Other countries like Saudi Arabia, Uzbekistan, Sudan, and Turkey have sedition laws. These countries are not known for their strong human rights record and have routinely used the sedition laws in order to stifle dissent and crush political opposition. In fact, Saudi Arabia has continued to execute dissident clerics for sedition.


India’s sedition law has been marked by controversy and repeated calls for its repeal. However, the sedition law does discuss an idea that is rather common-sense and acceptable within all liberal democracies around the globe. The central idea is that any individual advocating for the overthrow of the nation or the government must be stopped because that directly threatens the existence of the country. This idea is also accepted in liberal democracies all around the globe, most of which retain the sedition law in some form in their statute books. 

However, there is a flip side to this. The United Kingdom has outright abolished the law, and moreover, liberal democracies have historically used the law sparsely. This is not the case with India, which has tended to use the law in order to crackdown on dissent and crush opposition voices, much like Malaysia, Saudi Arabia, etc.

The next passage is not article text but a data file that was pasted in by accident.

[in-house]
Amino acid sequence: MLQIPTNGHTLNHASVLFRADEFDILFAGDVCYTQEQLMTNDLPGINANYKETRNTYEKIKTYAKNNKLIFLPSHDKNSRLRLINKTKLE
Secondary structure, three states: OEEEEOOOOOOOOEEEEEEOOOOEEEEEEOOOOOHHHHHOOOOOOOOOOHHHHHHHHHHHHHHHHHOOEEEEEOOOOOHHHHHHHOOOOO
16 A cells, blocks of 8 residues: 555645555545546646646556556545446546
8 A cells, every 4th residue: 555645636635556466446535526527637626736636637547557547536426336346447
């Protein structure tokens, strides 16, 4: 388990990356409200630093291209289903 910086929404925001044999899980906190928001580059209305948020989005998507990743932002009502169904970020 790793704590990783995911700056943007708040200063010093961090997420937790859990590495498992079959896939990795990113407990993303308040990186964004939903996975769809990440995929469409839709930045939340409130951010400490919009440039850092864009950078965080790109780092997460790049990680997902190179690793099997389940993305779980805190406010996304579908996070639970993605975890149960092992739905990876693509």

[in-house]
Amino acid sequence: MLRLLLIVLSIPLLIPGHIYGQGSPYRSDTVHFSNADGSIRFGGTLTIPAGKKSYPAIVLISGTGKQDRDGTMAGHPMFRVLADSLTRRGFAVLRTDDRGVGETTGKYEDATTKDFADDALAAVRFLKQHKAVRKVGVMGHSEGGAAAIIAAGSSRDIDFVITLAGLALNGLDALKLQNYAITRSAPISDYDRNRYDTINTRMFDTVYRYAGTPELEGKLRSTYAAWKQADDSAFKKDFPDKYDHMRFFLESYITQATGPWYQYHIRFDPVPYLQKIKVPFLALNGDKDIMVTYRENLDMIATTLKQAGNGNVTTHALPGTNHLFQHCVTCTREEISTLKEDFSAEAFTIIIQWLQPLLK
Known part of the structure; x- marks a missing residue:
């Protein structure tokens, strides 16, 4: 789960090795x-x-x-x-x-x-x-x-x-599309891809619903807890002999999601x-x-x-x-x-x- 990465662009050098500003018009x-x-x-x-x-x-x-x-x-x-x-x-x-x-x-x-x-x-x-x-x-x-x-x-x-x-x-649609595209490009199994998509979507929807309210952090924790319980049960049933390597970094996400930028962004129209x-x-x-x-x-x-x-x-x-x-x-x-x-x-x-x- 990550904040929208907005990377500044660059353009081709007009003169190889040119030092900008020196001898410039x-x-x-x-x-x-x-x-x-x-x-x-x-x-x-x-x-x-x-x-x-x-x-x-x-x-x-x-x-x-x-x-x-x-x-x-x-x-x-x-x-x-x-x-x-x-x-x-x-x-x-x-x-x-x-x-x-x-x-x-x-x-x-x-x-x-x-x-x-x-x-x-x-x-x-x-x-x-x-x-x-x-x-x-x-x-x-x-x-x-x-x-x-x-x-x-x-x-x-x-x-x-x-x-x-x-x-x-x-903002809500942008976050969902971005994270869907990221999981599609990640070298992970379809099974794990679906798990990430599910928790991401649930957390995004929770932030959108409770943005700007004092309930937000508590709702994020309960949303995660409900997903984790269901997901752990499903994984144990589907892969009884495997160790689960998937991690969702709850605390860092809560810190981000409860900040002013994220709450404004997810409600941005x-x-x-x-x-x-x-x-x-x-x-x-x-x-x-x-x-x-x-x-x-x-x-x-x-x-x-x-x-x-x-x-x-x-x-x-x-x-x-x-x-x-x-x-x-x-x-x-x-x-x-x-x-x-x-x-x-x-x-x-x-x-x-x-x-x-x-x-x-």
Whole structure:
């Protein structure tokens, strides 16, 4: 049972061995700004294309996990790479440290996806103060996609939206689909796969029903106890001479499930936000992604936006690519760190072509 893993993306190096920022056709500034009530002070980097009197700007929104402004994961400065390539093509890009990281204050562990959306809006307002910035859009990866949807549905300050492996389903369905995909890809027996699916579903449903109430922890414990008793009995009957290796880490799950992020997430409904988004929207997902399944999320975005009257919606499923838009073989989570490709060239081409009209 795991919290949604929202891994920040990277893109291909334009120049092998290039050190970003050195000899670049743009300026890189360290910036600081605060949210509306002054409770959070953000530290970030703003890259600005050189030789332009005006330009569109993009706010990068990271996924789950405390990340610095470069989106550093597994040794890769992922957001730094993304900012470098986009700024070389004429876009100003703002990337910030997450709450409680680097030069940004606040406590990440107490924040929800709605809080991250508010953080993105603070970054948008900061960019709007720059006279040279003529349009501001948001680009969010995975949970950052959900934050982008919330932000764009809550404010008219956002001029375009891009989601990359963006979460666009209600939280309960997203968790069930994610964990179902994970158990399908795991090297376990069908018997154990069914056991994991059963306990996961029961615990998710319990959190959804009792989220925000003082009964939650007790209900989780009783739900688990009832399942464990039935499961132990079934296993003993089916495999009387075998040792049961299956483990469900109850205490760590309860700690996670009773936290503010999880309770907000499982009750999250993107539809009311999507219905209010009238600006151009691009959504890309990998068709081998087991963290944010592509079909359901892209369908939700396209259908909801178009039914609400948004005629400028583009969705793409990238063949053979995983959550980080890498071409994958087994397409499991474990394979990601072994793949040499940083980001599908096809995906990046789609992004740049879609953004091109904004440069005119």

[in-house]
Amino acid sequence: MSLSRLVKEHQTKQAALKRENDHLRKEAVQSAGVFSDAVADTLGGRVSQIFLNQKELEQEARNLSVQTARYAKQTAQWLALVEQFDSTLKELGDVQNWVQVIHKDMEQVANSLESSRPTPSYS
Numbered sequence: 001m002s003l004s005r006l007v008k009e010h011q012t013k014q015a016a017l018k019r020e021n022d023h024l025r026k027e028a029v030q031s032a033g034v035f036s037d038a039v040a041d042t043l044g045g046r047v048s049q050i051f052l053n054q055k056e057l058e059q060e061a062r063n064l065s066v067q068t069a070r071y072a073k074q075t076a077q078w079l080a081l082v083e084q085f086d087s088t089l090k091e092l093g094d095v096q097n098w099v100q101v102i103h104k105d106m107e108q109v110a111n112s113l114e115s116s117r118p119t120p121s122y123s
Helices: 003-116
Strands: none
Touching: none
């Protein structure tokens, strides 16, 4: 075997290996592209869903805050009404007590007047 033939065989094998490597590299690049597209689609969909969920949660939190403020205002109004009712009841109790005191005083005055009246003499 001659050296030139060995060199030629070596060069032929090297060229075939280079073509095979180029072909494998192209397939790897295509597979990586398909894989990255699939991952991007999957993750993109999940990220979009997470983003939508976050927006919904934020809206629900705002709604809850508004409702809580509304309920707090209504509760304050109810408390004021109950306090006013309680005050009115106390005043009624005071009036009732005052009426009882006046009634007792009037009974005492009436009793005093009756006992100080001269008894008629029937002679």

The idea of a sedition law itself is not contested, but the application of the law is horrendous. While the law is legally sound, the social application of the law tells an entirely different story. It is time to consider both these points of view, look at the international application of the law, and then chart the way ahead.

Editor’s Note
The author in this article talks about taking a second look at the sedition law and how liberal democracies across the world interpret it. The author talks about the misuse and the abuse of the law in the state and then provides a detailed description of the analysis of the sedition law globally. The author concludes that the need to have a sedition law is not argued upon but its application which paints an entirely different picture.